Taylor Decker would be a smart pick for now and for the future as the team starts to plan for life without D'Brickashaw Ferguson at left tackle. Sure, a quarterback would be the sexy pick here, but reaching on a passer isn't something this front office will do.
25. Minnesota Vikings
The Pick: T Jerald Hawkins, LSU
Matt Kalil hasn't been as bad in 2015 as he was in 2013 and 2014, but he's still not playing like the No. 4 overall pick in the 2012 draft. The Vikings will have a big decision to make soon on his contract, which makes the pick of Jerald Hawkins even better for them.
Kalil's inconsistency could prevent the Vikings from wanting to lock him up long term, and he's likely to want top tackle money in free agency. The smarter team-building move is to save the money and draft Jerald Hawkins from LSU to be the left tackle. He's younger, cheaper and more athletic, and he has upside that Kalil has lost in the last four seasons.
26. Arizona Cardinals
The Pick: EDGE Jordan Jenkins, Georgia
The Arizona Cardinals have the talent on offense and defense to remain the top dog in the NFC West for as long as Carson Palmer is playing quarterback. The pieces that will separate them from the rest of the NFC are there, too, but a better pass rush is needed to truly take over the conference. Enter Jordan Jenkins.
The Georgia defensive end is perfect for Arizona's hybrid defense, where he can line up with his hand in the dirt or stand up off the edge and rush in space. Jenkins would give Arizona the stand-up rusher the team has lacked since John Abraham left the desert.
27. Atlanta Falcons
The Pick: LB Su'a Cravens, USC
The change from a 3-4 to Dan Quinn's version of a 4-3 defense takes time, and so far the Atlanta Falcons have found key pieces in guys like Vic Beasley as the rush end. But the work will continue for Thomas Dimitroff and his front office this draft season.
Su'a Cravens is a great fit in the Seattle-style defense. He's athletic, being a former safety, but he has the edge skills to stop the run or rush the quarterback. Cravens has the skill set to play weak-side linebacker on first and second down and then slide inside to play nickel 'backer in sub packages like Deone Bucannon or Jaquiski Tartt.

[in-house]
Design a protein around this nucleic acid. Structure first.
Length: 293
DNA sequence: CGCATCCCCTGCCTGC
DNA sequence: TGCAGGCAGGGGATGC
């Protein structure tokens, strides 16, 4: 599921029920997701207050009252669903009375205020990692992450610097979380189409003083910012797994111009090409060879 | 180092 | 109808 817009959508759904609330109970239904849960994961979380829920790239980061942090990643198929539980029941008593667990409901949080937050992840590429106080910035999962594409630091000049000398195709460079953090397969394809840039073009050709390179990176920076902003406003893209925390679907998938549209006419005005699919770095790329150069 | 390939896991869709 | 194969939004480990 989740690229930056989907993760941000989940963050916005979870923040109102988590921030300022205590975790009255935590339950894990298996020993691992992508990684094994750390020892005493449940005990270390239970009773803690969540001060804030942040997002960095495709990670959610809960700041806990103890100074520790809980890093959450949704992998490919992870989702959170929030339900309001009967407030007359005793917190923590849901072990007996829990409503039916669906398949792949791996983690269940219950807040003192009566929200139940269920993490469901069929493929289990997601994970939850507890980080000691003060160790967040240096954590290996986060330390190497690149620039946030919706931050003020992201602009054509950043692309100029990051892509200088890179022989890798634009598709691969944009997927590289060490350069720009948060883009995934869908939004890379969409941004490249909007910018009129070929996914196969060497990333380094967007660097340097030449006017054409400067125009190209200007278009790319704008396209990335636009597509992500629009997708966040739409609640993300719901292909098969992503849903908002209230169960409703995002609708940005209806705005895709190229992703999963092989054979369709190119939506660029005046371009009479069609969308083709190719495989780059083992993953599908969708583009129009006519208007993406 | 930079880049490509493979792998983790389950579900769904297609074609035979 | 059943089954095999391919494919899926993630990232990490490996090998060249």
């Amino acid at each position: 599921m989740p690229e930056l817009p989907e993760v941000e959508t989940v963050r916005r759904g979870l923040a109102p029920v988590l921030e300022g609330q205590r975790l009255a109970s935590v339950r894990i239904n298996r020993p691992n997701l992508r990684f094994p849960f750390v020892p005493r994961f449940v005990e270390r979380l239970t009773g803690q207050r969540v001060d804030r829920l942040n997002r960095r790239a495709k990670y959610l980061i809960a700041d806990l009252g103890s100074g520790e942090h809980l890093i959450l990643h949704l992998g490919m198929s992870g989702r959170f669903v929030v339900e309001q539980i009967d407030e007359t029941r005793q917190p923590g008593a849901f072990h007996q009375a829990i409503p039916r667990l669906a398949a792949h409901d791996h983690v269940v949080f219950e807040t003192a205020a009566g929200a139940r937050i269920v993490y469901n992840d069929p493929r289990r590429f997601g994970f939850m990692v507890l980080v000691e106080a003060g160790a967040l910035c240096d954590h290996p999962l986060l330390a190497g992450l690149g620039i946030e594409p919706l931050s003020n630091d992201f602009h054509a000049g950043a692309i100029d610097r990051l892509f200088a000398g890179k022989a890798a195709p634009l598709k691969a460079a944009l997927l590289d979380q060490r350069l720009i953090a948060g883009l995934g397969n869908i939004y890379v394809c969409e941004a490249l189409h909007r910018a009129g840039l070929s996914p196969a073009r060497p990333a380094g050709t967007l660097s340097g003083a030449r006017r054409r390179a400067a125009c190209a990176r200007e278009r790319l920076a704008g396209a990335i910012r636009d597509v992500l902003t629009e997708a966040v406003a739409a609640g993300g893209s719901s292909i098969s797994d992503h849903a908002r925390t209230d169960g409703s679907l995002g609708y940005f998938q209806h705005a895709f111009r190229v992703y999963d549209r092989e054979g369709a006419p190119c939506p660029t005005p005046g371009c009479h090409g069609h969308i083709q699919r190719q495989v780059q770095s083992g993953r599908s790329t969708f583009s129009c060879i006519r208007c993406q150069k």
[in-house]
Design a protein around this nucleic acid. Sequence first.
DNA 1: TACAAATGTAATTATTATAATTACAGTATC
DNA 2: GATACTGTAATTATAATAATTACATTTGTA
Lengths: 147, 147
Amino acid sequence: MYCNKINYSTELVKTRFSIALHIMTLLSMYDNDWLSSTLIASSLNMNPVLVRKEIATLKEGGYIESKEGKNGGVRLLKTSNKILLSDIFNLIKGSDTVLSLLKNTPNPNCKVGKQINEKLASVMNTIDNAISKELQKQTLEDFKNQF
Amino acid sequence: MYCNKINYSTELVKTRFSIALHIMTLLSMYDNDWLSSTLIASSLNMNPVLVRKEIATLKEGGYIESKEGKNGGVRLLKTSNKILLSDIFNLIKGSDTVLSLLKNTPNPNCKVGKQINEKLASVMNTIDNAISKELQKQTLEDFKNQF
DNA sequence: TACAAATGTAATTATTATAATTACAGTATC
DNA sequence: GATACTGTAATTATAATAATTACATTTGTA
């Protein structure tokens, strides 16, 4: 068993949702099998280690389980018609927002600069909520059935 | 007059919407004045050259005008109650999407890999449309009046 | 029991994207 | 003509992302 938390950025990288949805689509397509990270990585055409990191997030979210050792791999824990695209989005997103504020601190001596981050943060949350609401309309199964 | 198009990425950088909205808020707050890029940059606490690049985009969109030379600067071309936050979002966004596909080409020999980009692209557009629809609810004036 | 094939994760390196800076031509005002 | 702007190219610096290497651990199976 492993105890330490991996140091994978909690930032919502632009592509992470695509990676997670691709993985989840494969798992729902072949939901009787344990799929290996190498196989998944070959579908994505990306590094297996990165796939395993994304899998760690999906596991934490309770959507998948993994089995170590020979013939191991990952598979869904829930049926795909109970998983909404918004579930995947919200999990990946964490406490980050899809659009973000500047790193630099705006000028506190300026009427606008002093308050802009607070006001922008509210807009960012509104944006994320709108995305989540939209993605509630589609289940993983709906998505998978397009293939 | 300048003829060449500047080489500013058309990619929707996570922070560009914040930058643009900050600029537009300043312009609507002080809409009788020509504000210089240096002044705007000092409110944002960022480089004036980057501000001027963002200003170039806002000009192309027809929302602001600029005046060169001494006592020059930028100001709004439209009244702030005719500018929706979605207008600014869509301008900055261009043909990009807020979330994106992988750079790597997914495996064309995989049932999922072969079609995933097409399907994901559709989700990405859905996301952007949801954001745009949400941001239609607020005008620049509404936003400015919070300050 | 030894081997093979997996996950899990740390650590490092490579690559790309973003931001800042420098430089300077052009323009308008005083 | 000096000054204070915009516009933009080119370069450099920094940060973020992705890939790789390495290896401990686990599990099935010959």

28. Cincinnati Bengals
The Pick: FS Jayron Kearse, Clemson
There aren't many existing needs on the Cincinnati Bengals roster thanks to good drafting and good player development. But free agency will hit hard this offseason, with Andre Smith (right tackle) and both safeties George Iloka and Reggie Nelson seeing their contracts expire. Losing Smith was expected, and 2015 first-rounder Cedric Ogbuehi is likely to take over there, but losing both safeties could be big.
Smart teams in this day and age know when to let players leave and when to open up the checkbook to keep them. And signing both safeties to new deals isn't the best move from a fiscal perspective. Signing one and drafting another—like Jayron Kearse—is the best move. And Kearse is a good value at pick No. 28 given his rare size and athleticism. He's also great for a scheme like the Bengals', where both safeties are expected to be able to stop the run and play deep coverage.
29. Green Bay Packers
The Pick: DL Jarran Reed, Alabama
You can pick many places in the defensive front seven where the Green Bay Packers need to get better, or younger, or cheaper. Nose tackle happens to be the one that matches up best here with value and need. And Jarran Reed is an absolute best to be on the board with pick No. 30.